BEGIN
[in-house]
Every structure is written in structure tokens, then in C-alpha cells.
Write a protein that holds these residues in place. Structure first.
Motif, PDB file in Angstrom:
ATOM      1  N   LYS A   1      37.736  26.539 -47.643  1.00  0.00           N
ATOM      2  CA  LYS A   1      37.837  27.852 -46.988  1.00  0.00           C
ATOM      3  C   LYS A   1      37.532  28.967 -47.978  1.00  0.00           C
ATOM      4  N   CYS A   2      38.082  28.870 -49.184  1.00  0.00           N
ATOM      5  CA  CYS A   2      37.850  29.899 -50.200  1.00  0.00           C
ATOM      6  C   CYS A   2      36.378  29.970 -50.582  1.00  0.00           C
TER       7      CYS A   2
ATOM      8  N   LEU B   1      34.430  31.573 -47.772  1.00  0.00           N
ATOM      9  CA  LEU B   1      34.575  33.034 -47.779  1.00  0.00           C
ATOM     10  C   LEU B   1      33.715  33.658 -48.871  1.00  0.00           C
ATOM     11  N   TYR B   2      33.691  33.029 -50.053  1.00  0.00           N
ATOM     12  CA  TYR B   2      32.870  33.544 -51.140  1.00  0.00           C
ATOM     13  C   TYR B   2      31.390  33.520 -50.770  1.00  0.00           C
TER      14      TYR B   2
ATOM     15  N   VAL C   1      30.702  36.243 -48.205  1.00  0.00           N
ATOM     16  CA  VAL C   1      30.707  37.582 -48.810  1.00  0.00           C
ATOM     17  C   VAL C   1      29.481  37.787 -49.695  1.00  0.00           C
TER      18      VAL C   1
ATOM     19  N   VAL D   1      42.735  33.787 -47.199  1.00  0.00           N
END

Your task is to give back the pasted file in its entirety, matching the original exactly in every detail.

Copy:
[in-house]
Every structure is written in structure tokens, then in C-alpha cells.
Write a protein that holds these residues in place. Structure first.
Motif, PDB file in Angstrom:
ATOM      1  N   LYS A   1      37.736  26.539 -47.643  1.00  0.00           N
ATOM      2  CA  LYS A   1      37.837  27.852 -46.988  1.00  0.00           C
ATOM      3  C   LYS A   1      37.532  28.967 -47.978  1.00  0.00           C
ATOM      4  N   CYS A   2      38.082  28.870 -49.184  1.00  0.00           N
ATOM      5  CA  CYS A   2      37.850  29.899 -50.200  1.00  0.00           C
ATOM      6  C   CYS A   2      36.378  29.970 -50.582  1.00  0.00           C
TER       7      CYS A   2
ATOM      8  N   LEU B   1      34.430  31.573 -47.772  1.00  0.00           N
ATOM      9  CA  LEU B   1      34.575  33.034 -47.779  1.00  0.00           C
ATOM     10  C   LEU B   1      33.715  33.658 -48.871  1.00  0.00           C
ATOM     11  N   TYR B   2      33.691  33.029 -50.053  1.00  0.00           N
ATOM     12  CA  TYR B   2      32.870  33.544 -51.140  1.00  0.00           C
ATOM     13  C   TYR B   2      31.390  33.520 -50.770  1.00  0.00           C
TER      14      TYR B   2
ATOM     15  N   VAL C   1      30.702  36.243 -48.205  1.00  0.00           N
ATOM     16  CA  VAL C   1      30.707  37.582 -48.810  1.00  0.00           C
ATOM     17  C   VAL C   1      29.481  37.787 -49.695  1.00  0.00           C
TER      18      VAL C   1
ATOM     19  N   VAL D   1      42.735  33.787 -47.199  1.00  0.00           N